?

Log in

No account? Create an account

Previous Entry | Next Entry

Impunity. There is a machismo to the word "impunity".
It means you are too important to fail.
Like some belovéd boy-child who can do no wrong,
who affirms life by acting out in the way he does,
like Hercules strangling snakes or Krishna stealing butter.

It means that no matter what you do,
someone will find an excuse. Someone will say
"You know what, that must have been difficult for you.
I know it was, because you felt you had to do
[this out-of-line thing]. By doing such a thing,
you proved how important it was to do that thing."

And once that out-of-line thing has been done,
it's equally important to enshrine its permanent sanction
in history, so that, in the future, people will say,
"Oh, yeah, that was then, though. We did stuff like that.
No point in going back to that. It's over and done with."

When people are not punished for crimes,
Those crimes become norms.
And when crimes become norms,
Injustice is institutional.

People say racism is "I hate you because you are
[fill in skin color, nationality or creed here],"
but that's not racism. That's simply personal prejudice.

Racism is when you let impunity create a system where
[fill in skin color, nationality or creed here] is denied justice
permanently. Institutionally. Because
"that's the stuff we did/do/will do."
We do this. Because we can,
because nobody will punish us for doing so.

I hate the Daily KOS. I hate it because it is one-sided
and often stupid, and doesn't check its facts,
and although I am generally a left-wing nut,
I do not feel comfortable with one-eyed kings.

So it pains me to say
that the Most Important article I read this year...

...was on the fucking daily KOS.

Here it is: "Most of you have no idea what Martin Luther King actually did"

Read it. Seriously, do. It's short. I know you're busy.

Anyway, it's because of impunity
that I'm probably related to the subject of the article.
My great-great-great grandfather's son was a rapist
of, well, rapacious proportions. Because he could be.
Because nobody told him he couldn't.
Because he held the whip over anyone who challenged him.
And nobody challenged him in return.

Because the crimes that happened under slavery.
Went unpunished to this day. Even in Ferguson.
Part of me wants to add: "Even in Erbil, Even in Gaza, even in...."

But that's a distraction from the point:

Impunity is the keystone of injustice.
The only person who can break the power of impunity.
Is the oppressed. Nobody can do it for them.

"That is what Dr. King did—not march, not give good speeches. He crisscrossed the south organizing people, helping them not be afraid, and encouraging them, like Gandhi did in India, to take the beating that they had been trying to avoid all their lives."

Comments

( 5 comments — Leave a comment )
asakiyume
Aug. 15th, 2014 08:55 am (UTC)
When people are not punished for crimes,
Those crimes become norms.
And when crimes become norms,
Injustice is institutional.


YES

Racism is when you let impunity create a system where
[fill in skin color, nationality or creed here] is denied justice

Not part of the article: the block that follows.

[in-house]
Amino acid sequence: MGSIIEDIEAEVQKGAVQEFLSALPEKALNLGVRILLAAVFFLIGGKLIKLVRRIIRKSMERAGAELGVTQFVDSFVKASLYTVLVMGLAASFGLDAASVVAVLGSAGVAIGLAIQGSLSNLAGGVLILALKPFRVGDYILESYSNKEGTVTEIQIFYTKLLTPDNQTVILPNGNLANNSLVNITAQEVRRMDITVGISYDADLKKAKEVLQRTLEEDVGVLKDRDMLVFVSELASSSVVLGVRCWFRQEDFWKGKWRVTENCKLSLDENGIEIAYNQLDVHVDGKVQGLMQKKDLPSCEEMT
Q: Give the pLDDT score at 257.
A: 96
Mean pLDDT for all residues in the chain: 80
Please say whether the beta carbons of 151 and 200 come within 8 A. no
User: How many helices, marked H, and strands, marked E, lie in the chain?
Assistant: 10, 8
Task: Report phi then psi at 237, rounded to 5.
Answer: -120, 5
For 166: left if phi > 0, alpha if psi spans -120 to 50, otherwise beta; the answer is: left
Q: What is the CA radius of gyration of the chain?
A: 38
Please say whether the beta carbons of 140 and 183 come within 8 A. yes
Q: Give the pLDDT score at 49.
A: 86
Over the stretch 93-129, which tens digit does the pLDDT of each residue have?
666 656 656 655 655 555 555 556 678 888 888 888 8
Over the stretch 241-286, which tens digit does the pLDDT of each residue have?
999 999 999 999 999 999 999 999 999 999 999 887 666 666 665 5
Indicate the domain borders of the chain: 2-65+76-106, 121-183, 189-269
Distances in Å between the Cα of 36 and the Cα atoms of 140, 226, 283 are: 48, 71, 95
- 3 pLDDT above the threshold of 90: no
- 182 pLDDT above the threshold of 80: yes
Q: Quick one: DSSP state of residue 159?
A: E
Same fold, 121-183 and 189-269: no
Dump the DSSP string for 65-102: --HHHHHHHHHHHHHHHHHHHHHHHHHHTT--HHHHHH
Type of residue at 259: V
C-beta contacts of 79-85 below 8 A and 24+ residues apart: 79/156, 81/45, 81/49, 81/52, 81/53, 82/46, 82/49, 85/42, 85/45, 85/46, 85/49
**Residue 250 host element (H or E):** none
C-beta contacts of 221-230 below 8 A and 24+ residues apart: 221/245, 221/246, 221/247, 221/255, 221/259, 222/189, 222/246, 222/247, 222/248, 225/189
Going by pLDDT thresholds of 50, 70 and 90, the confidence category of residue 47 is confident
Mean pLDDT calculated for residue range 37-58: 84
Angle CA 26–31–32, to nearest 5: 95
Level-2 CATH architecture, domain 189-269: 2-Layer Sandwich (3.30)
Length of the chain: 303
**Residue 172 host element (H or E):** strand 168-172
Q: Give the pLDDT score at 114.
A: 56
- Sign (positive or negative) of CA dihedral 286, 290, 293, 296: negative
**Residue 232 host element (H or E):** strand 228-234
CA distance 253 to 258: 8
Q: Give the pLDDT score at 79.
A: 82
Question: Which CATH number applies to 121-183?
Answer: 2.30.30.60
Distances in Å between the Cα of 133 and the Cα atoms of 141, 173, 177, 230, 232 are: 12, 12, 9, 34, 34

permanently. Institutionally.



YES

thank you for the direct, clear words.

And that Daily Kos article was excellent and awful, and true, and thank you for that, too.

White people still go berserk and do terrorist things--which is why Ferguson happened. And Storycorp had a similar story today, about a black guy and a white guy being stopped for kicks and LOLs by the police, and the black guy beaten and nearly killed--because of impunity, and racism--take a listen.
asakiyume
Aug. 15th, 2014 09:02 am (UTC)
Did you, by the way, hear Terry Gross's interview with Chris Tomlinson, a man sort of in your position, in terms of heritage, who sought truth and reconciliation? His statement that our country has never gone through that made me stop and think. Jesus. I'm always thinking I'm thinking, and then things come along and make me realize I haven't been thinking half hard enough.

Unlike the Storycorp link above, which is only about three minutes long, the link here is to a full Fresh Air program, but there's a transcript if, like me, you prefer to read than to listen (though as it happened, this was something I listened to).
barry_king
Aug. 15th, 2014 01:59 pm (UTC)
Interesting interview. Thank you for that. I'll go back and listen to the rest, but I had to stop to write you back when I heard this one: "I have yet to hear a descendant of slave owners say that their ancestor was ... a sadistic, brutal master who tortured people."

Well, I'll be at least one to say so. Roswell and Roswell Jr. were, and I'm appalled that to this day, people will gather at the family house in the town that bears his name and go on about the genteel old south as if it was something to be proud of.

Makes me sick to my stomach, it does.
asakiyume
Aug. 15th, 2014 06:40 pm (UTC)
Well, and I think **he** would, too, now, and he probably had an inkling from the start, which is what prompted the journey, so to speak. And actually, I think that thinking people, and honest people, must realize this--I think he's speaking about the majority who prefer to plug their ears and hum and not look at unpleasant reality. But maybe the number of thinking, honest people is eroding that majority. I've talked to other descendants of slaveholders who've said similar.

barry_king
Aug. 16th, 2014 11:14 am (UTC)
Yes, it's my sick stomach grousing, that. But I'm surprised he didn't run into more people. I mean, who am I to Roswell or he to me? Some old photograph in a box under my bookshelf.
( 5 comments — Leave a comment )